Memorial to Yourself
Duration: One Week
As the one-year anniversary of the attacks of 9.11 came and went last month, it was almost impossible not to re-experience the day, simply due to the barrage of media coverage. And, of course, the very real question exists as to how best to use the WTC site. As real estate it is probably too valuable to leave un-developed. Yet, as a memorial to those that died, a new building with a statue in front seems inadequate. Maybe annual re-broadcasts would make the best memorial? Would a commitment to honor the memory of the dead through broadcast media suit? Or does the memorial need to promise to last forever, like the Statue of Liberty in the "The Planet of the Apes"? or the great pyramids of Egypt?
Memorials may be part of grand site designs, like the Washington monument or the Jefferson Memorial, or woven more simply into the texture of the site, like the Vietnam Veterans Memorial. Some are grand, like Lord NelsonŐs Column in Trafalgar Square; some poignantly simple, as the Peace park near University bridge.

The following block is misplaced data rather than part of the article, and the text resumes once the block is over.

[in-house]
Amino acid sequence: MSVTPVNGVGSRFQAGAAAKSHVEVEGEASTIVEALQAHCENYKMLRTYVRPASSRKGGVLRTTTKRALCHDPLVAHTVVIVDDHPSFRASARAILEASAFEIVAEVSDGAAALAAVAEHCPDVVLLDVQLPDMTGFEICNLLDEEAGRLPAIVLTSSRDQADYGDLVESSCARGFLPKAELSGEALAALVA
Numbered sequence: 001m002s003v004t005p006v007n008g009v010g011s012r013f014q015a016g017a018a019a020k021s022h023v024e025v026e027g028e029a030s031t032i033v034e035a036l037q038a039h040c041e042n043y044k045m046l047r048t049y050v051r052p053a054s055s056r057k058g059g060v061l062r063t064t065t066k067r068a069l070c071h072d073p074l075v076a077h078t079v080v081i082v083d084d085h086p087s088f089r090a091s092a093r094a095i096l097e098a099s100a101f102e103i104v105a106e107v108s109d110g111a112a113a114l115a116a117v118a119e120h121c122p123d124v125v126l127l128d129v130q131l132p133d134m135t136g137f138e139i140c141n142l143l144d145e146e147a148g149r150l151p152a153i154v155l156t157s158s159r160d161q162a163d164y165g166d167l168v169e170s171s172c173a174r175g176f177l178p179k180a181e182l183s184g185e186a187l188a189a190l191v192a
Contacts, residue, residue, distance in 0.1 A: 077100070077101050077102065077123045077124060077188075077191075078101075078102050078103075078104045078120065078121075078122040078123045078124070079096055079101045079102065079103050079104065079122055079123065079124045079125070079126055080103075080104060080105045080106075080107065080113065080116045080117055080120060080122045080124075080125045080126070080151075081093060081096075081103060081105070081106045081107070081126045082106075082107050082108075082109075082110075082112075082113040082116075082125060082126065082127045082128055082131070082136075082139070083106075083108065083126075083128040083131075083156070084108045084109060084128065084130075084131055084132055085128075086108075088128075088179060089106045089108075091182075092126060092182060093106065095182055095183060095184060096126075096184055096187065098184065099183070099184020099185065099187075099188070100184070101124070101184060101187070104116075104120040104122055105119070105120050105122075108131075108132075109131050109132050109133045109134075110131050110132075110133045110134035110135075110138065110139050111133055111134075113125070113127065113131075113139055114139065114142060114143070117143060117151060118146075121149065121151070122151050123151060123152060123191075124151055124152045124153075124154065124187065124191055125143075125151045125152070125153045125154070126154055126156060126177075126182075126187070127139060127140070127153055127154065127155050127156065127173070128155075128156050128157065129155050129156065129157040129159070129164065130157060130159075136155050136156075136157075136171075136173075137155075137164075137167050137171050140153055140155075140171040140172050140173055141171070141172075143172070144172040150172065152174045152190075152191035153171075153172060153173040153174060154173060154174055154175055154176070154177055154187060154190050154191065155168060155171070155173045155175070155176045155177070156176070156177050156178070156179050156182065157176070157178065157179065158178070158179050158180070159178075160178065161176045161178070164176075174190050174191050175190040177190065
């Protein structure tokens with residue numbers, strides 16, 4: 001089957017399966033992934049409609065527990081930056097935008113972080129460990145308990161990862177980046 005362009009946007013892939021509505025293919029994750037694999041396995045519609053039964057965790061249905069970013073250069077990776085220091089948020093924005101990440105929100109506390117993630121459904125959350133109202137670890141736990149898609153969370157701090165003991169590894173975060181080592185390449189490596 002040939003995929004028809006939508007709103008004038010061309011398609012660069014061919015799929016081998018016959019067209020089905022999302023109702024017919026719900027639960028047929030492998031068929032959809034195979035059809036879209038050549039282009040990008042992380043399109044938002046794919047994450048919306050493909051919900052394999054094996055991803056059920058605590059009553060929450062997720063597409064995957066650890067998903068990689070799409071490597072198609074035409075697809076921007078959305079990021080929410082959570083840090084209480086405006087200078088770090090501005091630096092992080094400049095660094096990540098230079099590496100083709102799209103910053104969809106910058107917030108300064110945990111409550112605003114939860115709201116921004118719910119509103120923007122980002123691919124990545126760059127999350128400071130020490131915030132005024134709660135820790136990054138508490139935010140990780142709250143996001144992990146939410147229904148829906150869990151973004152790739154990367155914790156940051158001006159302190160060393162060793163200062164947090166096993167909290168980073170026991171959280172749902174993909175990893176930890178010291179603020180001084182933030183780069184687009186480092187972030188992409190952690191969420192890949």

LetŐs begin our exploration of architecture and time by looking at the design of a memorial. As a society, and as individuals, we express our values and our attitudes through these artifacts, their form, siting, materials, etc.
Assignment: Design a memorial to yourself, including an appropriate site. Cost is not an issue, but materials, siting, and form should support the message the memorial is designed to convey regarding you. Create visual representations of how it will look when new, and 100 years later. Prepare text (as for an interpretive pamphlet) that describes how it memorializes you.
Questions to think about:
- What values or qualities of yours should the design convey or reflect?
- What materials best represent those values?
- What shape/configuration should the materials have to accomplish this?
- What site will best complement and amplify the memorial artifact?
- What does the site plan say about use of space, about visitor emotions?